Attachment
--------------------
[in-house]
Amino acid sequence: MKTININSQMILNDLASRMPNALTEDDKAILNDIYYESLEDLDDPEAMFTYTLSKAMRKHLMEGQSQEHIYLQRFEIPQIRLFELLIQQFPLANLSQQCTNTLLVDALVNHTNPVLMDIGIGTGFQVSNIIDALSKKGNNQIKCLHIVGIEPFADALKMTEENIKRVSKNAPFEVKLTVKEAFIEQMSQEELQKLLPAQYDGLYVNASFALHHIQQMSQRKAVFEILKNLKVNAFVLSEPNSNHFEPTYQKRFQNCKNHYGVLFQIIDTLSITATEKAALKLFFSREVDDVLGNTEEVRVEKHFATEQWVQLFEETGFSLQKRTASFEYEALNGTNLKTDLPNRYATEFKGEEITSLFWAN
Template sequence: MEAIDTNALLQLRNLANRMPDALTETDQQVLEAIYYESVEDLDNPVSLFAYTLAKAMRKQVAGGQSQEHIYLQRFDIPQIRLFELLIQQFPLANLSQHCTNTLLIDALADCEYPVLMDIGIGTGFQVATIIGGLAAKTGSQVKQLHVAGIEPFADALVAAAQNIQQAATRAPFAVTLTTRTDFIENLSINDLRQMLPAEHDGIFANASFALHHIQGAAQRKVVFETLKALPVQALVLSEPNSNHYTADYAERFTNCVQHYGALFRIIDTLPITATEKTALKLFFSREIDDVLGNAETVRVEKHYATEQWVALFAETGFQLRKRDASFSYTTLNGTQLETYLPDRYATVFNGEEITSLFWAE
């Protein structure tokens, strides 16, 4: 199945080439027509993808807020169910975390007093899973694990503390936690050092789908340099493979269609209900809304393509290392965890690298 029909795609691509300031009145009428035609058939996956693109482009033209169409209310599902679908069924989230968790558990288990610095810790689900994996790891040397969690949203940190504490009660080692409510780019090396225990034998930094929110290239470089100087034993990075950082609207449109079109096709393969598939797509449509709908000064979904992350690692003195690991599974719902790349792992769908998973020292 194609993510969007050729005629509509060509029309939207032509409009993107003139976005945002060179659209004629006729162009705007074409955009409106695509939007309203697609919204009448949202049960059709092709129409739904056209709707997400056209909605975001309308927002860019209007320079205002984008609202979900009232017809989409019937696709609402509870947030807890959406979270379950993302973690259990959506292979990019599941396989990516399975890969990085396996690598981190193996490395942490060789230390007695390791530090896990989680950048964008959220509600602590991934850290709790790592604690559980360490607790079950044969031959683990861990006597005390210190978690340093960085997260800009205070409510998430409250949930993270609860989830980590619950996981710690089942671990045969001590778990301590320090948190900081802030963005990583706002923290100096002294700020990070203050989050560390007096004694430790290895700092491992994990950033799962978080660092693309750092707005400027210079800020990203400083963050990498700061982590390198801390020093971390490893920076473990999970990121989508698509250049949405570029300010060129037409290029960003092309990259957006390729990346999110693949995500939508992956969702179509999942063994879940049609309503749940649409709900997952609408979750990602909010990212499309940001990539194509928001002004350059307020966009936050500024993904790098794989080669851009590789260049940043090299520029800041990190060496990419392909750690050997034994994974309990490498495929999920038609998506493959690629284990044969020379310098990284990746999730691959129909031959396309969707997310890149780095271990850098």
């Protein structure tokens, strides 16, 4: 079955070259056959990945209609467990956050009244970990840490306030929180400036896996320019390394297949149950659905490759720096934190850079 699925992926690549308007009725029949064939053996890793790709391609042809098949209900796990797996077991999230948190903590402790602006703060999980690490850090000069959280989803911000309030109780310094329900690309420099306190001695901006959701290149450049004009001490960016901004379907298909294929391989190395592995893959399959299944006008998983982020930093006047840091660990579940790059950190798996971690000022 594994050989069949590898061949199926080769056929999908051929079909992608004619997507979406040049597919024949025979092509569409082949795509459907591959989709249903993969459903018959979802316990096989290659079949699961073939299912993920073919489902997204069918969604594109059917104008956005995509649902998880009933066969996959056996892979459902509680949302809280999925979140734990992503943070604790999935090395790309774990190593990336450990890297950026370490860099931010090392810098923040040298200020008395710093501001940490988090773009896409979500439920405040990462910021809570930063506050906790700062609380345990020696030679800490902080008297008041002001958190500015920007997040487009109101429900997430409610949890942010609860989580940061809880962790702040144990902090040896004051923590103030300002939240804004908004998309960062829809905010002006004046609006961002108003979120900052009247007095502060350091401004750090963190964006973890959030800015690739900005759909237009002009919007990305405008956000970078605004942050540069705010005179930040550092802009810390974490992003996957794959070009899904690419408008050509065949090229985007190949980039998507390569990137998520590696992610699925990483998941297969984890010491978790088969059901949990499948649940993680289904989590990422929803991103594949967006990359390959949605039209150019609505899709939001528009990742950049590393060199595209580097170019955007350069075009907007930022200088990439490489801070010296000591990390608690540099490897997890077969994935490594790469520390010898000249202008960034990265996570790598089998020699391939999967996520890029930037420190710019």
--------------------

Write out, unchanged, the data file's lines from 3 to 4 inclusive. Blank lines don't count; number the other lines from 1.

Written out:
Template sequence: MEAIDTNALLQLRNLANRMPDALTETDQQVLEAIYYESVEDLDNPVSLFAYTLAKAMRKQVAGGQSQEHIYLQRFDIPQIRLFELLIQQFPLANLSQHCTNTLLIDALADCEYPVLMDIGIGTGFQVATIIGGLAAKTGSQVKQLHVAGIEPFADALVAAAQNIQQAATRAPFAVTLTTRTDFIENLSINDLRQMLPAEHDGIFANASFALHHIQGAAQRKVVFETLKALPVQALVLSEPNSNHYTADYAERFTNCVQHYGALFRIIDTLPITATEKTALKLFFSREIDDVLGNAETVRVEKHYATEQWVALFAETGFQLRKRDASFSYTTLNGTQLETYLPDRYATVFNGEEITSLFWAE
């Protein structure tokens, strides 16, 4: 199945080439027509993808807020169910975390007093899973694990503390936690050092789908340099493979269609209900809304393509290392965890690298 029909795609691509300031009145009428035609058939996956693109482009033209169409209310599902679908069924989230968790558990288990610095810790689900994996790891040397969690949203940190504490009660080692409510780019090396225990034998930094929110290239470089100087034993990075950082609207449109079109096709393969598939797509449509709908000064979904992350690692003195690991599974719902790349792992769908998973020292 194609993510969007050729005629509509060509029309939207032509409009993107003139976005945002060179659209004629006729162009705007074409955009409106695509939007309203697609919204009448949202049960059709092709129409739904056209709707997400056209909605975001309308927002860019209007320079205002984008609202979900009232017809989409019937696709609402509870947030807890959406979270379950993302973690259990959506292979990019599941396989990516399975890969990085396996690598981190193996490395942490060789230390007695390791530090896990989680950048964008959220509600602590991934850290709790790592604690559980360490607790079950044969031959683990861990006597005390210190978690340093960085997260800009205070409510998430409250949930993270609860989830980590619950996981710690089942671990045969001590778990301590320090948190900081802030963005990583706002923290100096002294700020990070203050989050560390007096004694430790290895700092491992994990950033799962978080660092693309750092707005400027210079800020990203400083963050990498700061982590390198801390020093971390490893920076473990999970990121989508698509250049949405570029300010060129037409290029960003092309990259957006390729990346999110693949995500939508992956969702179509999942063994879940049609309503749940649409709900997952609408979750990602909010990212499309940001990539194509928001002004350059307020966009936050500024993904790098794989080669851009590789260049940043090299520029800041990190060496990419392909750690050997034994994974309990490498495929999920038609998506493959690629284990044969020379310098990284990746999730691959129909031959396309969707997310890149780095271990850098």